Alcolea headshot

Dr Maria Alcolea

Epithelial cell fate and plasticity

Email: mpa28@cam.ac.uk

Laboratory Location:

Cambridge Stem Cell Institute, Gleeson Building

Departmental Affiliation:

Department of Oncology


Alcolea research image 2-1ratio
Oesophageal progenitors (yellow cells) redefine their behaviour in response to injury. White label indicates cells recruited to proliferation (Science 2012, 31;337(6098):1091-3).

Research

My research interests have been focused on studying the behaviour of progenitor cells in the mouse oesophagus as a model to unveil the basic rules underlying squamous epithelial cell fate. My work in the field has revealed how this tissue is maintained under homeostatic conditions, and how these rules switch upon injury. More recently I have been able to identify how progenitor cells alter and adapt their behaviour in response to preneoplastic mutations, reflecting their remarkable cellular plasticity. Investigating the cellular and molecular mechanisms governing this dynamic behaviour and the potential implications for early cancer development will constitute the basis of my research programme.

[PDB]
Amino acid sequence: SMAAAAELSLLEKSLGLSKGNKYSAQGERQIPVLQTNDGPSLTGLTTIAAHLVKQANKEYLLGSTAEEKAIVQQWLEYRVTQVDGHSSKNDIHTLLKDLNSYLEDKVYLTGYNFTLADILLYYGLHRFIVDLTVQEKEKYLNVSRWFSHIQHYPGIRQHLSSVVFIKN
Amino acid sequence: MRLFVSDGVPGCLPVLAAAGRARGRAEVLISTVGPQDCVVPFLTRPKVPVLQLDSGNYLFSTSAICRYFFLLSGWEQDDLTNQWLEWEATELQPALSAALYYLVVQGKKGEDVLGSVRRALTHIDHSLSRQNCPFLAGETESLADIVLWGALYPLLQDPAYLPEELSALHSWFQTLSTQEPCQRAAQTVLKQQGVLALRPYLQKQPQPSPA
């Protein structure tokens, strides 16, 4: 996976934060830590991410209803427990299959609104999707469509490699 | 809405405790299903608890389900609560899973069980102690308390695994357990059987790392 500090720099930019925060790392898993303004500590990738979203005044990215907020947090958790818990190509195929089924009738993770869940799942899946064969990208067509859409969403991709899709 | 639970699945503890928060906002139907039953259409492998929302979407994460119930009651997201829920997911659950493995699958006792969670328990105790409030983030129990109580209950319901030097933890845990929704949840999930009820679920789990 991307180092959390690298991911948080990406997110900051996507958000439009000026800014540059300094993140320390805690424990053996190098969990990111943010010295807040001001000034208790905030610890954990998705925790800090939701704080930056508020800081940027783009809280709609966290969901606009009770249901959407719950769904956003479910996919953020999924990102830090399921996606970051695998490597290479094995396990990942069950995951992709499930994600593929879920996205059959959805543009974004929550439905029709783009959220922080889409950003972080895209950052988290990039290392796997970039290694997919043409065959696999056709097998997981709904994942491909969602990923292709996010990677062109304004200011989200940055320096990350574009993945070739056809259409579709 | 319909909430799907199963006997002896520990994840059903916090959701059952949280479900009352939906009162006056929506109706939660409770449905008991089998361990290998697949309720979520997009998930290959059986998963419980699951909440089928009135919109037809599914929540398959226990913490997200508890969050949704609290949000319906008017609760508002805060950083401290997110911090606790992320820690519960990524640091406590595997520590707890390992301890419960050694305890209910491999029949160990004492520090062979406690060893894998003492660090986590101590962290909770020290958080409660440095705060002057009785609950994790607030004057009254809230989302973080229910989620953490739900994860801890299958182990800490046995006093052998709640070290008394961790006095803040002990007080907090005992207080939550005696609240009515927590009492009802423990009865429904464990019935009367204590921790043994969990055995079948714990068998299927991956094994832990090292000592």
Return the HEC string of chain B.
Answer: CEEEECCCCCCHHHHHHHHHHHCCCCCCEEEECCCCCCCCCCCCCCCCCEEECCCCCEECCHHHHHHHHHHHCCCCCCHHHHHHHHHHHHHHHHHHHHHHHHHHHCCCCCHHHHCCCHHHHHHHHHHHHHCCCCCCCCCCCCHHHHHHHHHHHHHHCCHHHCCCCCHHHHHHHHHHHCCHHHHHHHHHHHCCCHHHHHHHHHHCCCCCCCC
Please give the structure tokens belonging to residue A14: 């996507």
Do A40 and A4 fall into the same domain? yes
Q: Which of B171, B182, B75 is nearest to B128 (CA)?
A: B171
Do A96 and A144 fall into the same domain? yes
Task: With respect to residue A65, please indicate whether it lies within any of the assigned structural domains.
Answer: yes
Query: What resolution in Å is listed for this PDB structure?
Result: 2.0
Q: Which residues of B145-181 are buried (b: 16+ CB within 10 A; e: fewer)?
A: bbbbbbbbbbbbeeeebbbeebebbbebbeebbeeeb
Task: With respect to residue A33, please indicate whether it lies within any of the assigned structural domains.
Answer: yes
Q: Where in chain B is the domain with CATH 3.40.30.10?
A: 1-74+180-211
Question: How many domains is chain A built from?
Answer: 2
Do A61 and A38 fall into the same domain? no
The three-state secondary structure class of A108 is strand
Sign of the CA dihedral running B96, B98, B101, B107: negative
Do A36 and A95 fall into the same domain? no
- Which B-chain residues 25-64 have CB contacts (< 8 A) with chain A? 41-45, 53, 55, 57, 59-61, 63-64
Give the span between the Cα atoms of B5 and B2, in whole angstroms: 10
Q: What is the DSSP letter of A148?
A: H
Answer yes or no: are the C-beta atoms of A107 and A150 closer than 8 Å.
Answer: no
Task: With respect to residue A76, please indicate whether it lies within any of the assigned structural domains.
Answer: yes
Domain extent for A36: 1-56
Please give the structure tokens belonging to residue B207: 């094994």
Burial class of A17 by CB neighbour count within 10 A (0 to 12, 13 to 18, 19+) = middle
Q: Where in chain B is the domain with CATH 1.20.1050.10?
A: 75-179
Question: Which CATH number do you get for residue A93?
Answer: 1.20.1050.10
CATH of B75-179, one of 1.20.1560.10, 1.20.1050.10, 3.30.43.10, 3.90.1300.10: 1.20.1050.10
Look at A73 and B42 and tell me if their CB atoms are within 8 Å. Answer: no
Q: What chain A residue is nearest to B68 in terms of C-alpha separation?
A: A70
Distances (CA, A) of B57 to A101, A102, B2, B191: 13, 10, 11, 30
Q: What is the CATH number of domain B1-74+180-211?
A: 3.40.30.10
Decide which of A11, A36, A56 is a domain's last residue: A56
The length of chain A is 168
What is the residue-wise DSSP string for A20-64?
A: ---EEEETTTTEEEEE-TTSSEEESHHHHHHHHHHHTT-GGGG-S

To answer these questions, I will make use of a combination of in vivo lineage tracing techniques, transcriptional network analysis, as well as 3D organoid and explant culture systems.

For people interested in joining my lab, please contact me directly (mpa28@cam.ac.uk)

Plain English

Epithelial cells have the essential role of protecting us from external aggressions. However, this critical barrier must be able to adapt in order to face changes during developmental tissue formation and wound healing. A cut in our skin activates a number of cellular responses ensuring that the breach is fixed in few days, recovering the protective barrier. However, given that development and wound healing require the production of a significant amount of new tissue in a relatively short time, it is not surprising that cancer cells mimic these processes to rapidly produce a tumour mass. The difference being that tissue formation and wound repair are very controlled processes, while cancer is not. My proposed research aims to investigate these adaptive cellular responses and the molecular mechanisms behind them in order to understand epithelial tissue behaviour, and how this can go awry during cancer development.

Key Publications

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